If you enjoy the nausea-inducing November writing challenge of NaNoWriMo, maybe you’ve found yourself wanting to find other ways to turn writing into a game. Myself and a friend, both living in the Nunhead region of London at the time, once attempted a second 50k writing challenge in the month of March, under the name “NunheadWriMo”.
You may laugh, but it kinda works with the abbreviation. Without a forum to motivate us, we pushed each other by exchanging trash talk on MSN. For those of you without a kindhearted friend to hurl verbal abuse, though, how can you keep “winning” at writing?
Well, if a daily target and willpower aren’t enough, here are some other incentive schemes.
Camp NaNoWriMo – If It Ain’t Broke, Start It Up Again
Sensing an appetite for NonNovNaNo, the NaNoWriMo people have started Camp NaNoWriMo, where you can link up with other like-minded people to support each other through a 50k push outside of November.
There’s also some hut-based system that I don’t really understand, because they love that camping metaphor. Hopefully next feature is a campfire to burn unwanted writing. But anyway, 1667 a day is quite a lot, so let’s check out less masochistic targets.
750words.com – When 500 Is Too Little, But 1000 Is Too Much
The idea here is that you do 750 words a day, come rain or shine, and the website at 750words.com keeps track of them for you. This is based on a similar exercise called “Morning Pages” where you churn out a few pages of typing every morning, simply to get the writing muscles working.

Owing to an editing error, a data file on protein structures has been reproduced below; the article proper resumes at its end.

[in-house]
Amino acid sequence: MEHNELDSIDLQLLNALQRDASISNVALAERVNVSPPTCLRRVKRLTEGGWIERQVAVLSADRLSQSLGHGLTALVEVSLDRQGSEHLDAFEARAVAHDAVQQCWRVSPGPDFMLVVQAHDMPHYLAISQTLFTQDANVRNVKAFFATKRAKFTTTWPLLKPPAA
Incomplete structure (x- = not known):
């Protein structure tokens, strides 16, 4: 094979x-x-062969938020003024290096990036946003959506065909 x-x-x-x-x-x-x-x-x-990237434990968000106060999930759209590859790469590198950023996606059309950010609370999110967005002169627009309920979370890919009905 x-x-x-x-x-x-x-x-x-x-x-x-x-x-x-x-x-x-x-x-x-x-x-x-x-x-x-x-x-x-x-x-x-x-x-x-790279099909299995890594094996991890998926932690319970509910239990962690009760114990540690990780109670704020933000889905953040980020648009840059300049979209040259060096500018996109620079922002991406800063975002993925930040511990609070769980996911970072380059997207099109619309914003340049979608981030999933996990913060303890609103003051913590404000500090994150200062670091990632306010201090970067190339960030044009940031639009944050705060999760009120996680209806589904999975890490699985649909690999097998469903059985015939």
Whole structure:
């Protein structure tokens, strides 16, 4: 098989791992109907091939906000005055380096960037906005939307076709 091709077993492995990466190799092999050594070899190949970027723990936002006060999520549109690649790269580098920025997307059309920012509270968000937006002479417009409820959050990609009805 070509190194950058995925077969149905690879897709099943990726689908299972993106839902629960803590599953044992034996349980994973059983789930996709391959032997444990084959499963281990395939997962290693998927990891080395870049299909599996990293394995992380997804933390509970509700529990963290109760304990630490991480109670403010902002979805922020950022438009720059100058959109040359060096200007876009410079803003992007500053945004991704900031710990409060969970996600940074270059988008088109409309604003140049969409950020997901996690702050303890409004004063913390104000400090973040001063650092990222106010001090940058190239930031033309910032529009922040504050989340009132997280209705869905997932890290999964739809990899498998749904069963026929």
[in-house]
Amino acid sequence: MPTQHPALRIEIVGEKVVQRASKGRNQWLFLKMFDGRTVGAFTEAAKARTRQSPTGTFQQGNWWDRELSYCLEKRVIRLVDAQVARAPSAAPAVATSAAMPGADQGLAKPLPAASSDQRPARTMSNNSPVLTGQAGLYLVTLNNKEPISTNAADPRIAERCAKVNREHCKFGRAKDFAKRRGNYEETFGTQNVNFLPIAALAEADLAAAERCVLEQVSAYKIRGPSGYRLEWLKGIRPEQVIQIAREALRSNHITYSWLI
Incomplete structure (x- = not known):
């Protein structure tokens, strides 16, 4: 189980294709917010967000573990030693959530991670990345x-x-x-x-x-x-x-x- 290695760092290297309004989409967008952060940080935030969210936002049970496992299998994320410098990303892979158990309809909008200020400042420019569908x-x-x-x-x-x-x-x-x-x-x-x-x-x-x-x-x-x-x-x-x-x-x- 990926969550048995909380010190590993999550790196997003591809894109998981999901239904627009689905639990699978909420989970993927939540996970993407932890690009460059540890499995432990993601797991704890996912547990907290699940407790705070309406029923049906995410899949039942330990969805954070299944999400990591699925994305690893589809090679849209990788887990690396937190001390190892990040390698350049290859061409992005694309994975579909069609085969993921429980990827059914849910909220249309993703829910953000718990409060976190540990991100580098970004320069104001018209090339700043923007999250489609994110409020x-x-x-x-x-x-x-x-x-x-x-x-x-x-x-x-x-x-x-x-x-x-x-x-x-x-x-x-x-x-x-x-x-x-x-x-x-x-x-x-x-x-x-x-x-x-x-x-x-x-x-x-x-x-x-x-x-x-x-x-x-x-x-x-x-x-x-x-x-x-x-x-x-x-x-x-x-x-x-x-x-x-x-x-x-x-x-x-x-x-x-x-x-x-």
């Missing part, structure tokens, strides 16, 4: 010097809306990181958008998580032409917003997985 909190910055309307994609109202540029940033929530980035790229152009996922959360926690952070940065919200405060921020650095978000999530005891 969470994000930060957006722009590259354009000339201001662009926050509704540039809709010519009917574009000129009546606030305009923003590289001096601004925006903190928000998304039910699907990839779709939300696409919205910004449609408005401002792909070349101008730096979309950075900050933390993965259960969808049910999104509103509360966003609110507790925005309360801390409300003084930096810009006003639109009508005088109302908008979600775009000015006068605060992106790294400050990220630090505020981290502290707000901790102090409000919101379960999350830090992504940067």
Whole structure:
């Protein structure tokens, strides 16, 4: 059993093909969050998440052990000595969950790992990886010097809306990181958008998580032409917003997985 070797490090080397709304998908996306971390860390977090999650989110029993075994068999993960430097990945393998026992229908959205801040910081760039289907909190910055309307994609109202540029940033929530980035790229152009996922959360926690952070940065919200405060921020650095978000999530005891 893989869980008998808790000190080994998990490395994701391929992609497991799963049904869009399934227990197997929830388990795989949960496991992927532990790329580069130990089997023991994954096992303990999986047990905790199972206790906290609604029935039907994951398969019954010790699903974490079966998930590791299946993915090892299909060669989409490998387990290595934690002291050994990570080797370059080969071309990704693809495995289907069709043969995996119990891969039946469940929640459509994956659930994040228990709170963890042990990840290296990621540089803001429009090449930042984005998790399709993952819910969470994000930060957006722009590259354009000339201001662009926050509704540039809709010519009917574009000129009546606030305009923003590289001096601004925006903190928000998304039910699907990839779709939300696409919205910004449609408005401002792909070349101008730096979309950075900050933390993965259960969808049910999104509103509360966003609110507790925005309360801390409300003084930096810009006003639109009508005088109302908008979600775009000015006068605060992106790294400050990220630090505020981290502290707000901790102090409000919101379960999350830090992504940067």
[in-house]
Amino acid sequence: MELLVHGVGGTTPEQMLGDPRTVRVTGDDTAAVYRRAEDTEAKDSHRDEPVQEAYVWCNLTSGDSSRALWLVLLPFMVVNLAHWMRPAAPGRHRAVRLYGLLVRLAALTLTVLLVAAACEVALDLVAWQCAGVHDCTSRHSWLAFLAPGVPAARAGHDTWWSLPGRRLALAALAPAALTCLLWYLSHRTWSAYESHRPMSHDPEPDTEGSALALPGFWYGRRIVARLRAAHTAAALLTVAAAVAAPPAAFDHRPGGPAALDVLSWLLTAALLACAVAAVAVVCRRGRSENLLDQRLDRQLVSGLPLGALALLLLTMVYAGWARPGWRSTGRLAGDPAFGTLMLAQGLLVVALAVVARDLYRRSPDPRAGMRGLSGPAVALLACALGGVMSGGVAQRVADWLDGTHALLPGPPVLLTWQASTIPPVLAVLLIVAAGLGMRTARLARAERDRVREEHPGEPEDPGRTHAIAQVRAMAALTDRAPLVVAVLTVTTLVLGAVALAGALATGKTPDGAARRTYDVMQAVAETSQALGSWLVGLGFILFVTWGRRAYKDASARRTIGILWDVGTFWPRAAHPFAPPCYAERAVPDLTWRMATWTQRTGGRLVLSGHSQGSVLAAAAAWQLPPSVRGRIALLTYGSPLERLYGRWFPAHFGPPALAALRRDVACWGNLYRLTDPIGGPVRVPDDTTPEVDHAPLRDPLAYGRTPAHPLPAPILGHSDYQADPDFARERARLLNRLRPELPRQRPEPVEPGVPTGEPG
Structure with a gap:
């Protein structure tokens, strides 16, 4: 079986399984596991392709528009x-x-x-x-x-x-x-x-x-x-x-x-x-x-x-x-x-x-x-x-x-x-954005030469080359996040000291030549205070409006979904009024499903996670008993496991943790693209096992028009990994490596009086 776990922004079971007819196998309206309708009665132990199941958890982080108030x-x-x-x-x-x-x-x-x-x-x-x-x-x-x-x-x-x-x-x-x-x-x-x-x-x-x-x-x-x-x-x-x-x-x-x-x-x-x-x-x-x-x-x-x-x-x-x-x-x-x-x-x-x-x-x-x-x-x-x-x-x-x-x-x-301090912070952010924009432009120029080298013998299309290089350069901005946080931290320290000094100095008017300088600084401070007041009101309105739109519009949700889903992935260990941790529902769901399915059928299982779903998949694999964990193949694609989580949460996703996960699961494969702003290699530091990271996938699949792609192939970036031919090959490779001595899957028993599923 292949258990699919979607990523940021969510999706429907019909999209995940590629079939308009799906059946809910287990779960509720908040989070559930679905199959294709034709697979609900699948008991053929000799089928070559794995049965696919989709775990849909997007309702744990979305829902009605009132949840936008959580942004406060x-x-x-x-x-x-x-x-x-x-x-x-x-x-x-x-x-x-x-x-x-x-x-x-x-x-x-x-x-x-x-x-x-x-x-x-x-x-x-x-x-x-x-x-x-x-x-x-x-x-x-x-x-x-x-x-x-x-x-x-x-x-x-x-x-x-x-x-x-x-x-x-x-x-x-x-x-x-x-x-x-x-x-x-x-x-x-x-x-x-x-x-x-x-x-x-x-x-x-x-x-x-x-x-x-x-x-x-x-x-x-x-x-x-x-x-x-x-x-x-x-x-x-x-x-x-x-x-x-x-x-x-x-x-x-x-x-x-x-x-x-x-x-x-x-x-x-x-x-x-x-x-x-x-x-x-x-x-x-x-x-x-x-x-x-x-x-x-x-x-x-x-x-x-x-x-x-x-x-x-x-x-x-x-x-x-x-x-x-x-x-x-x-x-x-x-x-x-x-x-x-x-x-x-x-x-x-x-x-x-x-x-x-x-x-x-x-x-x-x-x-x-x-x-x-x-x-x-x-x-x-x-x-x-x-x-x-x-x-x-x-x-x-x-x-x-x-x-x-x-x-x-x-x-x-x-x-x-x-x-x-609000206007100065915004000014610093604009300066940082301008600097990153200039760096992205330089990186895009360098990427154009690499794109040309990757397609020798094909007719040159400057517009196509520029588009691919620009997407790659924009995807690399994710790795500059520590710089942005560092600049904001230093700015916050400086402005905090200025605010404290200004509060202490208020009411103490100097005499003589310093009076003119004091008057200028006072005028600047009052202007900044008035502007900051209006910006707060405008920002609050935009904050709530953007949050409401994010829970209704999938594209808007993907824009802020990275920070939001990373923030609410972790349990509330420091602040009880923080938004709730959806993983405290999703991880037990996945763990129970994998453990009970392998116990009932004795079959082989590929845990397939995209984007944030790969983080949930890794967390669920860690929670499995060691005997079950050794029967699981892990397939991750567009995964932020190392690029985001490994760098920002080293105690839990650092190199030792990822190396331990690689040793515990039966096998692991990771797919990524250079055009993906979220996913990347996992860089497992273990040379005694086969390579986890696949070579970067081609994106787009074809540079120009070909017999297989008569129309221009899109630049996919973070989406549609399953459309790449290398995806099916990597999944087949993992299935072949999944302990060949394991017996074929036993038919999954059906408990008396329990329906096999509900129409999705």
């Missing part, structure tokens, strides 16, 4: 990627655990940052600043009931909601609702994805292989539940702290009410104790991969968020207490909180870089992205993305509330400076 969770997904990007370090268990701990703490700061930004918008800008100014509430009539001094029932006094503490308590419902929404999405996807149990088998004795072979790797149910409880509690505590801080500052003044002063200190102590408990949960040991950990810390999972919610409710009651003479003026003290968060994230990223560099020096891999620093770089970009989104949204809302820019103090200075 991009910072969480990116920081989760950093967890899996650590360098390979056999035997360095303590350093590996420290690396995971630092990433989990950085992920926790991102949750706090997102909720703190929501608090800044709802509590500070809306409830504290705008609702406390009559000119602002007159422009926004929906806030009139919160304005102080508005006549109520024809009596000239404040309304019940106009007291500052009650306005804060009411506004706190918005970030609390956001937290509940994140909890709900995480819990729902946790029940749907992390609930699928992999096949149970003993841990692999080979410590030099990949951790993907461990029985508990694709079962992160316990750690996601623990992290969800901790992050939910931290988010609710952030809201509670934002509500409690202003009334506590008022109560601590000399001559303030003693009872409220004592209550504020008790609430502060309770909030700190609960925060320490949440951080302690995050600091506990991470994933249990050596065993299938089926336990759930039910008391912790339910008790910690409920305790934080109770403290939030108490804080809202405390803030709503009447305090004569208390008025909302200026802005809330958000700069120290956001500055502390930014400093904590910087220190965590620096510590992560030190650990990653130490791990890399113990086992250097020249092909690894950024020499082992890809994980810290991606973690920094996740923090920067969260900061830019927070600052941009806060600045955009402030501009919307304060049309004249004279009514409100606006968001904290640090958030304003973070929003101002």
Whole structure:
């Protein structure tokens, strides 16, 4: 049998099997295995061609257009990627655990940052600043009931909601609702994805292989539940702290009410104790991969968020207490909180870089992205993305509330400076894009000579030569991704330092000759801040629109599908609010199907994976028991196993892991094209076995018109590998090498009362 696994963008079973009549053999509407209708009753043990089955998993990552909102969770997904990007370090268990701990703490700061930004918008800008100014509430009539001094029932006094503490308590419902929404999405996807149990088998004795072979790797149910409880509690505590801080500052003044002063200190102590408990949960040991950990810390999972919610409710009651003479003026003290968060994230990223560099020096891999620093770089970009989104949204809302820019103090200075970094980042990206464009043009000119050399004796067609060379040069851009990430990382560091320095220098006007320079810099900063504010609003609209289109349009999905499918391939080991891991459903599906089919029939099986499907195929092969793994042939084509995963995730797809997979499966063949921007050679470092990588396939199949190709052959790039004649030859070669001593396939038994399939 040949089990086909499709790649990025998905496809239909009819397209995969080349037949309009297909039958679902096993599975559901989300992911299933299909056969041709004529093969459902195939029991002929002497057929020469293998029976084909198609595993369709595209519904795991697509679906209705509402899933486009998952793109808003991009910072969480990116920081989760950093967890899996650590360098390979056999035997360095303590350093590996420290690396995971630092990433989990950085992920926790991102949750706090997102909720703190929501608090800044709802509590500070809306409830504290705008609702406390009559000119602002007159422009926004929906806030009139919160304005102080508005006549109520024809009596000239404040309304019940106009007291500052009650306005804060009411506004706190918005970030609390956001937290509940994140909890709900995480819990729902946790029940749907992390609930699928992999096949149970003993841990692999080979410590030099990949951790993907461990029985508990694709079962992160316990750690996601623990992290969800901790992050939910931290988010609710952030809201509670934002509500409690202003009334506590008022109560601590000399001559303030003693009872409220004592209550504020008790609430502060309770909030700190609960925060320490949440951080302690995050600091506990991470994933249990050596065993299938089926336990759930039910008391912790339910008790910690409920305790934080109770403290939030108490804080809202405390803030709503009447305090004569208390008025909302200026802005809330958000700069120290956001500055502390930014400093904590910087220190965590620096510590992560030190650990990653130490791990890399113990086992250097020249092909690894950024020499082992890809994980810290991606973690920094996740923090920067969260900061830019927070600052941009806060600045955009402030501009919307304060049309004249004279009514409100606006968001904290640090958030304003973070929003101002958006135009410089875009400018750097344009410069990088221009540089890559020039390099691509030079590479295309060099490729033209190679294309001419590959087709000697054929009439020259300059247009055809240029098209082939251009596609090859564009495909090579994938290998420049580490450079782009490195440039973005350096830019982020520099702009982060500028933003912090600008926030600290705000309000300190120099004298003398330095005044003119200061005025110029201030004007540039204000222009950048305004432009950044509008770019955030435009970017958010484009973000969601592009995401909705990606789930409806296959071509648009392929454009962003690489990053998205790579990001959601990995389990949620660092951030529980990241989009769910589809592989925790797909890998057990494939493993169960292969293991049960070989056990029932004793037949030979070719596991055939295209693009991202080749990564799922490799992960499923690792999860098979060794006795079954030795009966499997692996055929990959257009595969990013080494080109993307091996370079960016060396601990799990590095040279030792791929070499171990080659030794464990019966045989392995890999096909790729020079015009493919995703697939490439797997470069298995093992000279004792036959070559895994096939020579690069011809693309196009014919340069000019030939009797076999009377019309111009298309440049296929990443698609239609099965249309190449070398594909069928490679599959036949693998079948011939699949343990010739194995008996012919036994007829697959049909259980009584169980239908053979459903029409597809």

So your 750 words could be journal dream-writey stuff, or they could be the mid-length building blocks of your novel. Personally, I have to do a thousand a day before I can relax, but 750 is pleasantly unintimidating, I can see the appeal.
Word Count Game – I Can’t Help It, I Have To Beat My Friends
If you want both the doable word counts of 750words and the satisfying friend-killing of NaNo, I’ve recently started playing a word count game with my writing accomplices Alastair and Claire. The aim here is to reward consistency as much as word counts –do at least 250 words a day, and you get daily points for your unbroken run of productive days (1 on your first day, 2 on your second, etc), plus points each day for words written (250 words = 1 points, 500 words = 2 points, 1000 words = 3 points, 2000 words = 4 points).
So producing intermittent huge amounts actually gets you less points than building up a long chain of days. It’s an interesting game, and 250 is definitely an achievable amount – it’s pretty small, in fact – I have to stop myself from clocking out after doing it. Still, this is the method I’m currently using to make myself write – the prospect of “beating” my two friends. (Currently boosting my points for said game by writing about it, and winning by 12 points as of this post, so feeling good.)
If you want to join this game, there’s a spreadsheet obtainable here. We’ve made our own copy and shared it between the three of us, rather than joining the communal pile-on. You may wish to do the same with your friends.
Has turning your writing into a game worked for you? Is there another scheme that has proven useful? Or does this kinda stuff cheapen the artform somehow? Thoughts welcome.